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Harry Cassin
Publisher and Editor

Andy Spalding
Senior Editor

Jessica Tillipman
Senior Editor

Bill Steinman
Senior Editor

Richard L. Cassin
Editor at Large

Elizabeth K. Spahn
Editor Emeritus

Cody Worthington
Contributing Editor

Julie DiMauro
Contributing Editor

Thomas Fox
Contributing Editor

Marc Alain Bohn
Contributing Editor

Bill Waite
Contributing Editor

Russell A. Stamets
Contributing Editor

Richard Bistrong
Contributing Editor

Eric Carlson
Contributing Editor

Will Nigeria Hit The Boiling Point?

The online edition of Nigeria’s Business Day newspaper carried a story on November 19, 2007 that’s noteworthy. It’s about how corrupt multinationals are undermining the country’s economy. The story can be found here. Public corruption always involves two parties — the crooked official and the bribe-paying privateer. Both share the blame. Still, looking at corruption through the eyes of the host country reminds us of the damage inflicted on economies and the harm done to innocent citizens.

We can’t vouch for all the reporting in the Business Day story. But the writer, Martins Azukwike, compiles a roll call of companies recently linked by their home countries to corrupt payments in Nigeria or now being investigated for illegal activities there. The names include Siemens, Shell, ChevronTexaco, Willbros, Halliburton, Technip, Snamprogetti, Kellogg, Japanese Gas Corporation, Agip, TotalFina/Elf, Baker Hughes, Vetco, GlobalSantaFe, Transocean, Tidewater, Noble Corporation, Nabors Industries, Pride International Inc. and Panalpina. Mr. Azukwike could have added ABB, Bristow, Paradigm and others.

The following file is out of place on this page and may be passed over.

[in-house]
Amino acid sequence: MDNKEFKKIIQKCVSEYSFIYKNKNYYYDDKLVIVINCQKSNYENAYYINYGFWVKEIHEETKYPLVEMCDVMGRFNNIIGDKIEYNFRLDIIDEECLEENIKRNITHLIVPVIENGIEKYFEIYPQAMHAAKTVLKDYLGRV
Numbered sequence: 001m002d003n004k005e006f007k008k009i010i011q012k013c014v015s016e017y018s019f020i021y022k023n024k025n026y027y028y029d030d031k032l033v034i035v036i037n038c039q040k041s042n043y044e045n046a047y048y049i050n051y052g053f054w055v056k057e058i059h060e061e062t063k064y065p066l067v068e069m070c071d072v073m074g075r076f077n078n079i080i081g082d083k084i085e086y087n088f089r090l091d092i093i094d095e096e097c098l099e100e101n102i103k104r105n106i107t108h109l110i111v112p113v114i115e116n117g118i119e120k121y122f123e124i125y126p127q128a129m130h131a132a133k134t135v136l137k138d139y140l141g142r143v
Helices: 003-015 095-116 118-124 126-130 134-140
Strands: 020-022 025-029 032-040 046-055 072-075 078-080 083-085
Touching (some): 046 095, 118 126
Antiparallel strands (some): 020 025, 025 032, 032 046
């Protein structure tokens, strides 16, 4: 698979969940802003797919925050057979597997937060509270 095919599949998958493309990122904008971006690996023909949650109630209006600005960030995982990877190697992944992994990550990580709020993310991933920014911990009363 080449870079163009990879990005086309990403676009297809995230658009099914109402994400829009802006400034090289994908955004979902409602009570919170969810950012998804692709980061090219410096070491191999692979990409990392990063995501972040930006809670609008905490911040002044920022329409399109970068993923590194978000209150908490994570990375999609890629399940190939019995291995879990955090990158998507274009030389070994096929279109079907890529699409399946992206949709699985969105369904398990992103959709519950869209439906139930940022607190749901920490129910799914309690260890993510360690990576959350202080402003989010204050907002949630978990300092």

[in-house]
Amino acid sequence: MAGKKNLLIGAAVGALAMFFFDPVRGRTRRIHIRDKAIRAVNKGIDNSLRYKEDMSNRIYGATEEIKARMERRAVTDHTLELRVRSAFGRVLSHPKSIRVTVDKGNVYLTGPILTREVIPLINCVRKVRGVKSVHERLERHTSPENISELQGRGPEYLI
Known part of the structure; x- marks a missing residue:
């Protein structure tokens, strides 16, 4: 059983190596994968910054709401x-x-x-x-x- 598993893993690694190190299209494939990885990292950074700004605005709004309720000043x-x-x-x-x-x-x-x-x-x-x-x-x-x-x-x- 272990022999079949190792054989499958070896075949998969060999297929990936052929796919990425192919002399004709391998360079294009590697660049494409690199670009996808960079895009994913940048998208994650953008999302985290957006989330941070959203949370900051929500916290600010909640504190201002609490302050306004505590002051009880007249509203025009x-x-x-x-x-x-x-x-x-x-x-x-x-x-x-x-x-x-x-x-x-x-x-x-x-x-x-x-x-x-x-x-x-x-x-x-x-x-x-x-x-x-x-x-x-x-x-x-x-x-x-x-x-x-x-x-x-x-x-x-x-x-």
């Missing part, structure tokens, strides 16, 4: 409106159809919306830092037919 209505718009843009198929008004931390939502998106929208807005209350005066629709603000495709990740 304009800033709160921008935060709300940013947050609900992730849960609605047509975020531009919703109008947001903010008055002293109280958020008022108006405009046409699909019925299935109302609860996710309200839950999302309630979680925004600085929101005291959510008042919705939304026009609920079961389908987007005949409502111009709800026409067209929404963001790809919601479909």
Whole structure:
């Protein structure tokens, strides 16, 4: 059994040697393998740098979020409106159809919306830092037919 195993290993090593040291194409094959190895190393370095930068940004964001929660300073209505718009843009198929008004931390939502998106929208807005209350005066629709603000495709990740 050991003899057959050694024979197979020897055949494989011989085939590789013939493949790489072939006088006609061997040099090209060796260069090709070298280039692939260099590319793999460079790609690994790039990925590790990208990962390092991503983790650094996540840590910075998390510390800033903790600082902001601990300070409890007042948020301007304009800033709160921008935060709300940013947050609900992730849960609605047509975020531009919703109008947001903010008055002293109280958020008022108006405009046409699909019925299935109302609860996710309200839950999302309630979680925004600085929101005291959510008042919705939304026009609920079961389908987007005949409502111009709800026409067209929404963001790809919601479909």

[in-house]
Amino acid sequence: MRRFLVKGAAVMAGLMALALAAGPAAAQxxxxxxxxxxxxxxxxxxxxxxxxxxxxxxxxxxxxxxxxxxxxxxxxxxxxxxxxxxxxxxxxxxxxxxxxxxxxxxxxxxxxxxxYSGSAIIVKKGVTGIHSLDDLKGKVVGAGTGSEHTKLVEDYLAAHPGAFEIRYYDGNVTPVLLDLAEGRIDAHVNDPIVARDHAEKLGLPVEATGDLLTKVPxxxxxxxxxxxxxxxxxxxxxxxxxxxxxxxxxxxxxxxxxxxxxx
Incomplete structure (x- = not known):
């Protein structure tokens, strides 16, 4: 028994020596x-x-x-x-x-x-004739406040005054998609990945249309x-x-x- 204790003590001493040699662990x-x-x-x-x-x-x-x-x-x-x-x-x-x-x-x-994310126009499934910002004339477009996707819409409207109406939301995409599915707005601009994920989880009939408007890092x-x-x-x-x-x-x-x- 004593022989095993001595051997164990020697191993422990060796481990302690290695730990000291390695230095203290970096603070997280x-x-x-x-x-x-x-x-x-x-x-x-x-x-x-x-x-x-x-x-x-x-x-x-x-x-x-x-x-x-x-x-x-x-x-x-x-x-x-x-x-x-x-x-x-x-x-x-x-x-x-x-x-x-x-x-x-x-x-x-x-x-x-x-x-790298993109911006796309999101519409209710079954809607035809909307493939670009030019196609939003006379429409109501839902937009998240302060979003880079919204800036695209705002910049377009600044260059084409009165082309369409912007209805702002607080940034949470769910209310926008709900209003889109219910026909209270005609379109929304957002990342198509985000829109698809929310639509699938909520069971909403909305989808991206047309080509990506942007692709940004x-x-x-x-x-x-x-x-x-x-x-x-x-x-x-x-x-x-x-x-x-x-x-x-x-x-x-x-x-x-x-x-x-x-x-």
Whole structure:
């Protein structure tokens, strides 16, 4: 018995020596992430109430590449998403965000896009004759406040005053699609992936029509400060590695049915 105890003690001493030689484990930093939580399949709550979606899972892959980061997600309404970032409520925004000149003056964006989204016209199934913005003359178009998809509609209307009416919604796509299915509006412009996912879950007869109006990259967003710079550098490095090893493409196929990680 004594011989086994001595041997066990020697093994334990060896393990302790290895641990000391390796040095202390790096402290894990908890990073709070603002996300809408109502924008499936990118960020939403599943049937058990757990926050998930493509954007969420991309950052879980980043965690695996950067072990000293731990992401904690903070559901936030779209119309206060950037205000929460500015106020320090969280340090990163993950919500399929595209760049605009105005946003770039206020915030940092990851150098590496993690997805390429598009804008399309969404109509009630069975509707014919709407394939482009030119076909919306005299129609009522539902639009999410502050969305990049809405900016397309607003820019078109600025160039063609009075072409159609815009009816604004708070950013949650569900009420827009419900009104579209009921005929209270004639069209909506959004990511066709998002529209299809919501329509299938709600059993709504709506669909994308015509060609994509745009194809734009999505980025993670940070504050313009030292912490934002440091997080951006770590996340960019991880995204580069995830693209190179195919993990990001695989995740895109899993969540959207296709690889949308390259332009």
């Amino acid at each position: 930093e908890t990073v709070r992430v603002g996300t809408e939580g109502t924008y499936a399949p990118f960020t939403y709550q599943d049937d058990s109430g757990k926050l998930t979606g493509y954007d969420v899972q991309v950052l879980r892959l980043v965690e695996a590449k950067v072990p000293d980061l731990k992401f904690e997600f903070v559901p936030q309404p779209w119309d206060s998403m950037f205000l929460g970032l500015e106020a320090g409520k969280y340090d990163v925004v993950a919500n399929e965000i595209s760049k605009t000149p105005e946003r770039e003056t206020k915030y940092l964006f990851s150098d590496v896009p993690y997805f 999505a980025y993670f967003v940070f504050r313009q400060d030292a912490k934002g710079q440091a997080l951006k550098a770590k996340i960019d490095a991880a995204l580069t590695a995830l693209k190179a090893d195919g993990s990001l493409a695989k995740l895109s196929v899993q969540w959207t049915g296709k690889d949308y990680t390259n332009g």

No wonder ordinary Nigerians are pointing fingers. Players in the oil patch and elsewhere should pay attention to this warning from the story: “With the gale of exposure of corporate scandals in foreign lands involving the operations of multinationals in Nigeria, opinions are already building with a call to urgently declare a force majeure on the oil companies’ operations in the country. The list of exposure of the misdeeds of these companies, which have opened the Pandora’s Box, is becoming almost endless.”

The drafters of the U.S. Foreign Corrupt Practices Act knew that public bribery is not a victimless crime. Eventually, ordinary citizens whose daily lives are ruined reach their limit. That’s part of what happened in Somoza’s Nicaragua, the Shah’s Iran, Marcos’ Philippines and Suharto’s Indonesia. Will Nigeria join the list?

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